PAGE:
The new framework would shrink the influence of disputing parties while increasing that of states party to the system. The problem remains nevertheless: appointees may be perceived to represent the specific political views of appointing states. This paves the way for accusations of partiality and favouritism in the composition of the tribunal, potentially (re)politicizing investment disputes. The reality is that it is extremely difficult to dispel the appearance of politicization of the process when states are the only source of appointment.
Tools to Mitigate Political Influence
Several tools may be employed to reduce the discretion of states and provide some checks and balances on the qualifications and expertise of appointed adjudicators. Greater transparency and inclusiveness would also help to mitigate possible attempts to instil politics into the appointment process.
Any reform should ensure that the selection and appointment mechanism is more transparent and open. This would help to moderate the choice of individuals for reasons other than merit and therefore increase the legitimacy of the system. Several tools can be used to increase the visibility of the process such as the advertisement of openings, consultation with stakeholders, publication of candidates’ resumes, public hearings, and debates in national parliaments. The process should welcome direct applications by potential candidates, thus extending the selection phase beyond the circle of names already in the mind of government officials.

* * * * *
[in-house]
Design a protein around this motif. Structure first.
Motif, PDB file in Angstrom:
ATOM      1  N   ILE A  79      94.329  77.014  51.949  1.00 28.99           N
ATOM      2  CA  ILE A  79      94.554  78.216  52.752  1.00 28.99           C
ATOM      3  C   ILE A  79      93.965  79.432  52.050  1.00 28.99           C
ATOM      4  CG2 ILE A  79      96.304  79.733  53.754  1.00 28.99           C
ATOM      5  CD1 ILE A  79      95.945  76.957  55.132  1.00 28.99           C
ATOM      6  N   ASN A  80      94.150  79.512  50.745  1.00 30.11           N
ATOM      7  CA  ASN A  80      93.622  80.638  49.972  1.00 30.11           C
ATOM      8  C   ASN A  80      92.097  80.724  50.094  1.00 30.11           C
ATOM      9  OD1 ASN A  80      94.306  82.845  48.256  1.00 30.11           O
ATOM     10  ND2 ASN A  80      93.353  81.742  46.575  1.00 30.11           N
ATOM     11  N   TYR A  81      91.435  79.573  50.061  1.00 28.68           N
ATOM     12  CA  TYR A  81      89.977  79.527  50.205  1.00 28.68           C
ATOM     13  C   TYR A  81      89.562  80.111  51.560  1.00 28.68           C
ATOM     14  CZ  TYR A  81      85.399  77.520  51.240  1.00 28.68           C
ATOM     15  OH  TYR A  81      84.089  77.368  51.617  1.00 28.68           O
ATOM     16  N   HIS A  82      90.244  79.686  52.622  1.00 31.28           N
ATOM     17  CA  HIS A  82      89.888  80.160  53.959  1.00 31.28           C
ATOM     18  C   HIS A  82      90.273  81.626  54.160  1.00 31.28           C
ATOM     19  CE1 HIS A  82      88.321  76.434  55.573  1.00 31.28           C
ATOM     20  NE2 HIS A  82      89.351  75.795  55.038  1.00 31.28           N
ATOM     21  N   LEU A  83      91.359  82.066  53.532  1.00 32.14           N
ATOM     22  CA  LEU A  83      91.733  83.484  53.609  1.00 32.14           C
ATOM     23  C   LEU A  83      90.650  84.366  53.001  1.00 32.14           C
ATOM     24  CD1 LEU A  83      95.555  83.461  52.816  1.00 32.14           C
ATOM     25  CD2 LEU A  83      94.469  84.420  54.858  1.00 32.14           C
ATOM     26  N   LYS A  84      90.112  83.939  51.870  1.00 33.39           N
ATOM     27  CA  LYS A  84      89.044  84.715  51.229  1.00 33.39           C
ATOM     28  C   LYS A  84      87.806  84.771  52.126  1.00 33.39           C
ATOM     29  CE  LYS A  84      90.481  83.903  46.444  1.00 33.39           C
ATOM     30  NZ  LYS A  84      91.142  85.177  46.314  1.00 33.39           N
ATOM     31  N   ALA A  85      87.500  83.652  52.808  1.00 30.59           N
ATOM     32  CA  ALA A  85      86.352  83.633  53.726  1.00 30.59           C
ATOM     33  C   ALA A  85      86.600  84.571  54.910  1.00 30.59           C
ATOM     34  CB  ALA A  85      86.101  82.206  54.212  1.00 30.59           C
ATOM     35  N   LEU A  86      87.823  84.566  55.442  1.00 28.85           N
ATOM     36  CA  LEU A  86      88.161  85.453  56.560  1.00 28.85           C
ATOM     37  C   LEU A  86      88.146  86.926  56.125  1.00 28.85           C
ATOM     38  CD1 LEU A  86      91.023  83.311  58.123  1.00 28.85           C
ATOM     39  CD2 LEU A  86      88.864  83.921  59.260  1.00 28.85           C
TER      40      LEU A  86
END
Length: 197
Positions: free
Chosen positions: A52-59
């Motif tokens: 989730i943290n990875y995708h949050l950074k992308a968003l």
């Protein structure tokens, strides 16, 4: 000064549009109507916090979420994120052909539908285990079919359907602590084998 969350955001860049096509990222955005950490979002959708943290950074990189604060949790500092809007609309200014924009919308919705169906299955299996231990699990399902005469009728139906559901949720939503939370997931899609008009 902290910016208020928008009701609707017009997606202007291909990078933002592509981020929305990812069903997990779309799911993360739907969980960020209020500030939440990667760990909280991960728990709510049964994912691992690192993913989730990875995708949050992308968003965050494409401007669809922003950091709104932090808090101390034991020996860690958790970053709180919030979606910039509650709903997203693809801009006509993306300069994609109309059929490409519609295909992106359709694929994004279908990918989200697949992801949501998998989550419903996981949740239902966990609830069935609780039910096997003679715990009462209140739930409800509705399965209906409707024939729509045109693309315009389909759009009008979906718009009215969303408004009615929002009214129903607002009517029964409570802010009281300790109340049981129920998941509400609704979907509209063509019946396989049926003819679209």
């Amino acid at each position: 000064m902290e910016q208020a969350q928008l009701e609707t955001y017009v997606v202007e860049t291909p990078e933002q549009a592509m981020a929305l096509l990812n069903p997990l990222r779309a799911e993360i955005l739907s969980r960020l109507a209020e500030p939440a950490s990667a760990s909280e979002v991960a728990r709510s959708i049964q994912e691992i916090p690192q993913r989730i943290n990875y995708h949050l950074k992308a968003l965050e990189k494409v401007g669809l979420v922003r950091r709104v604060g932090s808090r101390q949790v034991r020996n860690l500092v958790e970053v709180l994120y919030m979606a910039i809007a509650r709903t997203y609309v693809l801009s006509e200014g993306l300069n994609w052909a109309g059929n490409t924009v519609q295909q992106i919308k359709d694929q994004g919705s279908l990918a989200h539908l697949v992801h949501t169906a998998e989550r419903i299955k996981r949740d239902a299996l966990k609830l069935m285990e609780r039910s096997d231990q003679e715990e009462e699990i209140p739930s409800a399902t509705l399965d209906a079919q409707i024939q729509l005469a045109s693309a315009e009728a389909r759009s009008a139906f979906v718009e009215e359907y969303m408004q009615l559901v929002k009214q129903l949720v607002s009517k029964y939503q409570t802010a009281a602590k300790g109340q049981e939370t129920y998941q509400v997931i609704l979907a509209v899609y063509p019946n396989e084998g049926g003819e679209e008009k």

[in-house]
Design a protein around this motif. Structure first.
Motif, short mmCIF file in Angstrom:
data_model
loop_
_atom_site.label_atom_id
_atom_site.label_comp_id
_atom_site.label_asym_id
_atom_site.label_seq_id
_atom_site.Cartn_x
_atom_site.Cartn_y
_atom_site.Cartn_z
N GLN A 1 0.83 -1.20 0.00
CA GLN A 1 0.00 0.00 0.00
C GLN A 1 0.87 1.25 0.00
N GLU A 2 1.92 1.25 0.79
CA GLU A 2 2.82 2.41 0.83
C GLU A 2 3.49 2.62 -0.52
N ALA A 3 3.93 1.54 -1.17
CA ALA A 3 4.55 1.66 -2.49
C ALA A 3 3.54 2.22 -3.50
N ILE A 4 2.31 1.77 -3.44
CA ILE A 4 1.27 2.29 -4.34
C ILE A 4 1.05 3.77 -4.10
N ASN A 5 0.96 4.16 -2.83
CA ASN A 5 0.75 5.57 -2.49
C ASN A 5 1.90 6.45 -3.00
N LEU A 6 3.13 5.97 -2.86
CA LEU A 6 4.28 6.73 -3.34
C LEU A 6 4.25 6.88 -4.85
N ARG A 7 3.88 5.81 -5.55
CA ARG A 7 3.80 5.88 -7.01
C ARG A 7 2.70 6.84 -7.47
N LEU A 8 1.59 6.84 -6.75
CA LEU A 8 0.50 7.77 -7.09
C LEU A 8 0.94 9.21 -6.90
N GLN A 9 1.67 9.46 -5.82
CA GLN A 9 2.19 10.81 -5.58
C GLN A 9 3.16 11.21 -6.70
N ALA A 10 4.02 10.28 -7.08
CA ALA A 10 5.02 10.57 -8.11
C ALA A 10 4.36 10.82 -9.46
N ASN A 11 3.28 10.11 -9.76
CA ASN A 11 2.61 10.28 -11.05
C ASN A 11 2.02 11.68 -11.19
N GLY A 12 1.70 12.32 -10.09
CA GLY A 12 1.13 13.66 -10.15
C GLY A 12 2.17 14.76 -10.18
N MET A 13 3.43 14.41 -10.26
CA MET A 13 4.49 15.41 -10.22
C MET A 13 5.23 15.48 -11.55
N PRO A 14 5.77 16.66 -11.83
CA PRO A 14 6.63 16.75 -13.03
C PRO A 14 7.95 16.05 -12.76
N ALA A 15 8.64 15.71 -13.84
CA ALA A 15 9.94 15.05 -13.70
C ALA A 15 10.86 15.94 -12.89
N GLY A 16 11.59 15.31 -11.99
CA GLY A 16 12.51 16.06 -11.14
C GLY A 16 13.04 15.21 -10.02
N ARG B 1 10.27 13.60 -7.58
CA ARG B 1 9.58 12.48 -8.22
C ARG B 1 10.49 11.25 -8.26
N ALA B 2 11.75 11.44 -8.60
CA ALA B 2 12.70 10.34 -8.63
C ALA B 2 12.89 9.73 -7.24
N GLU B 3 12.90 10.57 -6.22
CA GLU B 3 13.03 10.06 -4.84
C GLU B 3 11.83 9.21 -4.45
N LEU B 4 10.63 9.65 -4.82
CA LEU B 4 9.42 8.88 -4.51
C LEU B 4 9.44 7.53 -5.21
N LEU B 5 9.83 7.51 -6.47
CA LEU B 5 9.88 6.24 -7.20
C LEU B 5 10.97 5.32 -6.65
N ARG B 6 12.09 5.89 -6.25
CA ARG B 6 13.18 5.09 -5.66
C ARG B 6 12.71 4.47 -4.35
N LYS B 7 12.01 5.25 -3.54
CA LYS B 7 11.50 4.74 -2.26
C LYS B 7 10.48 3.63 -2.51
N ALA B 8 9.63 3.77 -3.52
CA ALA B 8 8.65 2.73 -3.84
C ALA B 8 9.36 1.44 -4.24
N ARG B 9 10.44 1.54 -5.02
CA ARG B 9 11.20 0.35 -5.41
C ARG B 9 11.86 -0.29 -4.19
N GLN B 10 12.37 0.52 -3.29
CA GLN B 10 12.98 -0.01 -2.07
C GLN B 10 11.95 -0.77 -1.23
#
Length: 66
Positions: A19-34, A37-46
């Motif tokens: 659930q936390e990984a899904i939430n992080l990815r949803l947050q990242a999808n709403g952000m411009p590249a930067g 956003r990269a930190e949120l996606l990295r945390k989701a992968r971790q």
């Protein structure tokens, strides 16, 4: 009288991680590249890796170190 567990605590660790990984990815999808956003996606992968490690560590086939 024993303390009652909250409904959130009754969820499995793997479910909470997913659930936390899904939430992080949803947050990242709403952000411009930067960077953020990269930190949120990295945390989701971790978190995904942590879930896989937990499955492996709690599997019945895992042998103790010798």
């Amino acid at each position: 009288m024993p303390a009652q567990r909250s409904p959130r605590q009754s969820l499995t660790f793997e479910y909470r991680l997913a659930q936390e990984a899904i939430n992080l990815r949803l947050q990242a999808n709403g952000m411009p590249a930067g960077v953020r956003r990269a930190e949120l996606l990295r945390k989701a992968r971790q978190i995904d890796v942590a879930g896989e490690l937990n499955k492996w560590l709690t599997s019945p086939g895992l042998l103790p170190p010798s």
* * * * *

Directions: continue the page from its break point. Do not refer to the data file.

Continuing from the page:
Another tool that can be built into the selection process – and which also promotes transparency – is the existence of a screening phase. Advisory panels or appointment committees have been employed in different international courts and tribunals to guarantee that candidates fulfil the necessary requirements to perform the job. The existence of a screening mechanism would prompt government officials to put forward better candidates, rendering the selection process more objective while increasing the legitimacy of the system. The thorniest issue seems to be the composition of such a screening body. Kaufmann-Kohler and Potestà underline that the selection of members for this panel will probably raise as many eyebrows as the adjudicators they are going to screen. Again, we enter the discussion about who chooses the decision-makers, and how. In abstract, a screening mechanism could render the selection process more objective and merit-based and therefore less politicized. However, the advantages of such a mechanism should not be overstated. The very creation of this type of mechanism indirectly acknowledges that sometimes states do not appoint the most qualified candidates. The contribution of such mechanisms to depoliticize nomination and appointment processes in other international courts and tribunals is debatable.